March 21, 1965. 52 years ago. The Third Freedom March to Selma. Martin Luther King Jr., the Southern Christian Leadership Conference as well as hundreds of others march from Selma, Alabama to the Alabama state capitol in Montgomery successfully under the protection of federalized state troopers. The first march took place on March.7/1965 and was organized locally by SCLC Director James Bevel and Amelia Boynton in Selma. The first march did not go successfully for the marchers in the short run but certainly brought the violence being inflicted upon them by Alabama state troops to a national awareness when images and film of tear gas, billy clubs and attacks dogs being used on unarmed protesters aired on national television. This event is often referred to as Bloody Sunday and brought hundreds from across the nation to aid the protesters. The second march on March.10/1965 saw the marchers confronted by troopers at the end of the Edmund Pettus Bridge, (pictured above) where after a stand-off with state troopers, the protest turned around and went back to King's church. Following this march, King sought federal protection for the marchers from the President for the next march. On the night of March.10/1965, a Unitarian Universalist minister from Boston, James Reeb was murdered by an unidentified lynch mob, no doubt for his participation in the protest. On the third march of March.21/1965, after being stopped several times by state troopers under orders from Governor Wallace, the marchers were allowed to procede under a federal court ruling and with protection from the now federalized state troops under the command of President Lyndon Johnson. The marchers reached Alabama State Capital on March.24/1965. This march was able to bring great awareness to the cause of black voter registration (without harrasment) in the South and in turn helped pass the Voting Rights Act of 1965 on August.6/1965. #martinlutherking#martinlutherkingjr#drmartinlutherking#mlk#drking#racism#marchofselma#votingrights#selma#alabama#reebs#jamesreeb#boynton#ameliaboynton#jamesbevel#bevel#jamesbevel#johnson#lyndonjohnson#lbj#montgomery#votingrightsactof1965#1960s#60s#1965
Wandering around Olney after a Mothers' Day drive coffee-and-cake interlude, we stumbled across Desmond J. Snail: a little vintage car dealership -- closed, but parked in the window was a beautiful little '65 rally conversion Cortina.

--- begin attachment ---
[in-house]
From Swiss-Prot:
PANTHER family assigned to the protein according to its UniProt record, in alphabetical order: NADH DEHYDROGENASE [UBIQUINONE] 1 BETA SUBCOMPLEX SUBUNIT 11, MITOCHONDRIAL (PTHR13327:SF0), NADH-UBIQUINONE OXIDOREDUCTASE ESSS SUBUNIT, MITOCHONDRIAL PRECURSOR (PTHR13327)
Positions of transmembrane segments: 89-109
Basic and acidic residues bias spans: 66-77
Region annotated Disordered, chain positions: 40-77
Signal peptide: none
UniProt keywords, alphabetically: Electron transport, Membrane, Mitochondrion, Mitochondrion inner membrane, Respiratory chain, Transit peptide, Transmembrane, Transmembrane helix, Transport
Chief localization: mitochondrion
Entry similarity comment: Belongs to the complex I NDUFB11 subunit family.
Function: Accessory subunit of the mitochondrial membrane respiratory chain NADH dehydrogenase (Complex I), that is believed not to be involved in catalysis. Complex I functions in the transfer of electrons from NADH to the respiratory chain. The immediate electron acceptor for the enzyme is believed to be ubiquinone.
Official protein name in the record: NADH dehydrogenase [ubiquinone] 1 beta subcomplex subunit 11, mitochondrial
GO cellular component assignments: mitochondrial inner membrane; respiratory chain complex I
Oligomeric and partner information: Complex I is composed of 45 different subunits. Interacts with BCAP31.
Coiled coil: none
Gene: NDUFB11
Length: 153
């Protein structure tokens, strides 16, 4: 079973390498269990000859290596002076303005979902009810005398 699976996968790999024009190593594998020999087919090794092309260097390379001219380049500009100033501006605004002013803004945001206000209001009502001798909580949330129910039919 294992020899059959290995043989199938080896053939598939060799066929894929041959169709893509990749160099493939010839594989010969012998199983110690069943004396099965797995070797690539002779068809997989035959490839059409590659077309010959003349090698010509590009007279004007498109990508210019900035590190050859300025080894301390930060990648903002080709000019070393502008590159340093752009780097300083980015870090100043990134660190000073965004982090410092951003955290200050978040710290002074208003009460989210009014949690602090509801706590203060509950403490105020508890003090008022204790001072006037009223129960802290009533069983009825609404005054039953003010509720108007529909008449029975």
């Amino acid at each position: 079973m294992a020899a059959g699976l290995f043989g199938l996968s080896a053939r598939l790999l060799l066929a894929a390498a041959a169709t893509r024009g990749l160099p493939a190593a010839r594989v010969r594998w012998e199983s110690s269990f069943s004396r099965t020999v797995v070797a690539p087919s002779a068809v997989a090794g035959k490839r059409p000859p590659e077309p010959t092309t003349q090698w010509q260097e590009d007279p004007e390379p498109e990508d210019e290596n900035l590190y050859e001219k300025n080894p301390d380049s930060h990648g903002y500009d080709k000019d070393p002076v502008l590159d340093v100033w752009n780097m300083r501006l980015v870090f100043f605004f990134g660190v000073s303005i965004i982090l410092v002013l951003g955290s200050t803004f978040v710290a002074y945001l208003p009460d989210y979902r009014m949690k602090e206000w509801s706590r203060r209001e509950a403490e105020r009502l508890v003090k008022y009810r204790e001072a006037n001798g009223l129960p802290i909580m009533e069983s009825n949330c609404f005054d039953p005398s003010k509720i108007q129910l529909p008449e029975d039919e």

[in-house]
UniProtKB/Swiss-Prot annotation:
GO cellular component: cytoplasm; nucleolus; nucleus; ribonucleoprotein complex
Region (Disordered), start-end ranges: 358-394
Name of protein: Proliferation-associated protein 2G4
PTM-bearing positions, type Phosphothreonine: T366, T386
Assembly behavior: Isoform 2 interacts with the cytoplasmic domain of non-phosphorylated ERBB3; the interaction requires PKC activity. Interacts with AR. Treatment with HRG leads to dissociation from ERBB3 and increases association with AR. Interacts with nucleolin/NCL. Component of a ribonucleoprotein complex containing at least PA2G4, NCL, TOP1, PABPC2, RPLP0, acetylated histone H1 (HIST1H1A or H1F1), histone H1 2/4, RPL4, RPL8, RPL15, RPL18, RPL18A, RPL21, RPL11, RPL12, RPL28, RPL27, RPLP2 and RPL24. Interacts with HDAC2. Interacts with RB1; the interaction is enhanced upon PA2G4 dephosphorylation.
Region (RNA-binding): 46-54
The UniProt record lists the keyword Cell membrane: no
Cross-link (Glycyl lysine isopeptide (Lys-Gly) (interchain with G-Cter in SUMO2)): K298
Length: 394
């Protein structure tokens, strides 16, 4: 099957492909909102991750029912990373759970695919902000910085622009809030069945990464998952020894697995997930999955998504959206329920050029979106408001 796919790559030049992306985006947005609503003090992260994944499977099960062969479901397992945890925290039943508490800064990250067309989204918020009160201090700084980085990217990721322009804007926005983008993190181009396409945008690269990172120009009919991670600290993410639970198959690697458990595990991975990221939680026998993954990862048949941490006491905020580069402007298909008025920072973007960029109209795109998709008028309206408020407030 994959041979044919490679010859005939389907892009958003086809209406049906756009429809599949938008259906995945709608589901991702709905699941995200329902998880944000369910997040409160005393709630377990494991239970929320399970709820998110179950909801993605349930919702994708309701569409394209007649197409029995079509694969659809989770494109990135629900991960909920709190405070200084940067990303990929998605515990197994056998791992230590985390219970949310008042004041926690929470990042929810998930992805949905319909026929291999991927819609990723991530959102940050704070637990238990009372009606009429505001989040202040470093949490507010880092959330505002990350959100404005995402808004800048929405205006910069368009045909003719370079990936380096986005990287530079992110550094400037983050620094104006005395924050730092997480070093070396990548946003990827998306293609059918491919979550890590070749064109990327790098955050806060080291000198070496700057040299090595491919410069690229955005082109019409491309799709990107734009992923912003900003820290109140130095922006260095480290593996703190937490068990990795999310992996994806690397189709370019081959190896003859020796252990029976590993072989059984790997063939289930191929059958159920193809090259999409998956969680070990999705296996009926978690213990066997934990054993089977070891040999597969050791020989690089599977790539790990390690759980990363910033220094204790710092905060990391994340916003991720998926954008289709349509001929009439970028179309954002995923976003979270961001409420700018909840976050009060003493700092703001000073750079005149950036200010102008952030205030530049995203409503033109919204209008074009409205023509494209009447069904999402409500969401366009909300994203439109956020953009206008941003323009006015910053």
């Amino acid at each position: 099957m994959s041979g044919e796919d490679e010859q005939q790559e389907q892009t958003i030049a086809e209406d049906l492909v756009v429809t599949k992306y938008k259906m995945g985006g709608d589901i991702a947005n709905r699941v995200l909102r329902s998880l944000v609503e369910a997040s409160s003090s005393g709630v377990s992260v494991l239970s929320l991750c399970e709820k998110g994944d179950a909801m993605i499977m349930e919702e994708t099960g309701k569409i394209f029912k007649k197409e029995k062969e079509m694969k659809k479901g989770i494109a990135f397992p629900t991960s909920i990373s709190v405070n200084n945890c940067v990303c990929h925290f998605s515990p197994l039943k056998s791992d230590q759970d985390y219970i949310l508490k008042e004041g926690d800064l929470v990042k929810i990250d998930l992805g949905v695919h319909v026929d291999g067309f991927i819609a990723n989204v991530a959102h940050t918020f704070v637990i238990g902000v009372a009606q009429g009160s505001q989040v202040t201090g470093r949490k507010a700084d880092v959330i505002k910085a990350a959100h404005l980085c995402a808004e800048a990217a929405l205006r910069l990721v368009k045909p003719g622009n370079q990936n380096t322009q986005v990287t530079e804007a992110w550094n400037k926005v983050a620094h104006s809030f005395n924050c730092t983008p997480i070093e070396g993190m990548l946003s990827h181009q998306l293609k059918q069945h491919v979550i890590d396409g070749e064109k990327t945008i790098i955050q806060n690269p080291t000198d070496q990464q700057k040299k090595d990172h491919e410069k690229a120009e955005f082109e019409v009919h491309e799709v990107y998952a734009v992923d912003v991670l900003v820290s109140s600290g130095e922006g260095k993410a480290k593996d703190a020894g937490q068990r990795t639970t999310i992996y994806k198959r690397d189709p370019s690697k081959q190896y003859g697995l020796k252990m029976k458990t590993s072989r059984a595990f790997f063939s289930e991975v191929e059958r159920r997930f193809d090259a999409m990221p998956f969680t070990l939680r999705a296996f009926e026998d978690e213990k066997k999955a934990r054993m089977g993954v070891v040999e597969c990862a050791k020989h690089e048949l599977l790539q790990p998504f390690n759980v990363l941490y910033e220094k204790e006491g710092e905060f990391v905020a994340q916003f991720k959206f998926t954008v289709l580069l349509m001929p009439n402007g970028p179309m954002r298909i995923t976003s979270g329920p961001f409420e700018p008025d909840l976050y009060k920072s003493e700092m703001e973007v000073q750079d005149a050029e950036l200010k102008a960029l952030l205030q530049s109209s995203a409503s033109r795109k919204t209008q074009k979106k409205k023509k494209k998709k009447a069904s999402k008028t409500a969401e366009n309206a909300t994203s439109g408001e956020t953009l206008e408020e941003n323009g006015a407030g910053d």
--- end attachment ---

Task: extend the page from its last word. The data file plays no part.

My dad had a Cortina -- though I think his was a MK2, and red (of course). He always says it was his favourite he's ever owned, and can't quite keep the sigh from his voice when he recounts (each time like it's the first, memory like a sieve and all) how someone ran into the side of him and wrote it off. He just bought a second hand Mondeo and he's all excited about the bells and whistles, having never had a car that can play music from your phone, but if I ever found myself with the means to do so, I'd buy him a Cortina just like his old one and we'd go out for apple pie and ice cream, just the two of us.
Simple pleasures; dependable company; comfortable quiet. The perfect escape.
Chassis Restoration for my 1965 corvette is finally done! Just as she would have rolled off the assembly line in 1965. Only 35k original miles, decided to keep the body and paint original and still has the factory 1965 windshield if that says how clean it was.
my heart completely burst with happiness yesterday when my cousin revealed that he hauled this out of storage for my birthday present. it's a 1965 Magnavox record player that belonged to my grandma and grandpa. It's been in storage since my grandma started renting out her house some years ago, and when I was with my cousin in the storage a few years ago I told him I would die to have it. I remember it being in her house when I was a kid, I remember wanting to touch and play with it so badly and feeling a very strange sense of wonder when I looked at it, or felt the material covering the big 15" speakers in the bottom. I can't believe that my grandparents left their music in it for so long, some still in plastic.. I can't believe how amazing they were, are, and always will be in my heart. Maps of their travels together and music that touched their souls has now literally ignited emotions inside me I've never felt before. I know that may sound ridiculous to some people, and that's because we all have things that set our hearts on fire; some have belief and religion, while I have always believed in the healing power of music. The way it can stop and start almost anything in your mind and also your heart. So many musicians, lyricists, composers, bands, performers, and listeners- have touched my soul and healed something inside of me. I treasure this gift with all of my heart. I have shed a few tears while typing this and it feels so good, knowing how much love has always been in my family- how much beautiful music they breathed and lived in their lives and into my own self right now.
#vinyl#recordplayer#vintage#Magnavox#family#love#blessup#1965 to #2017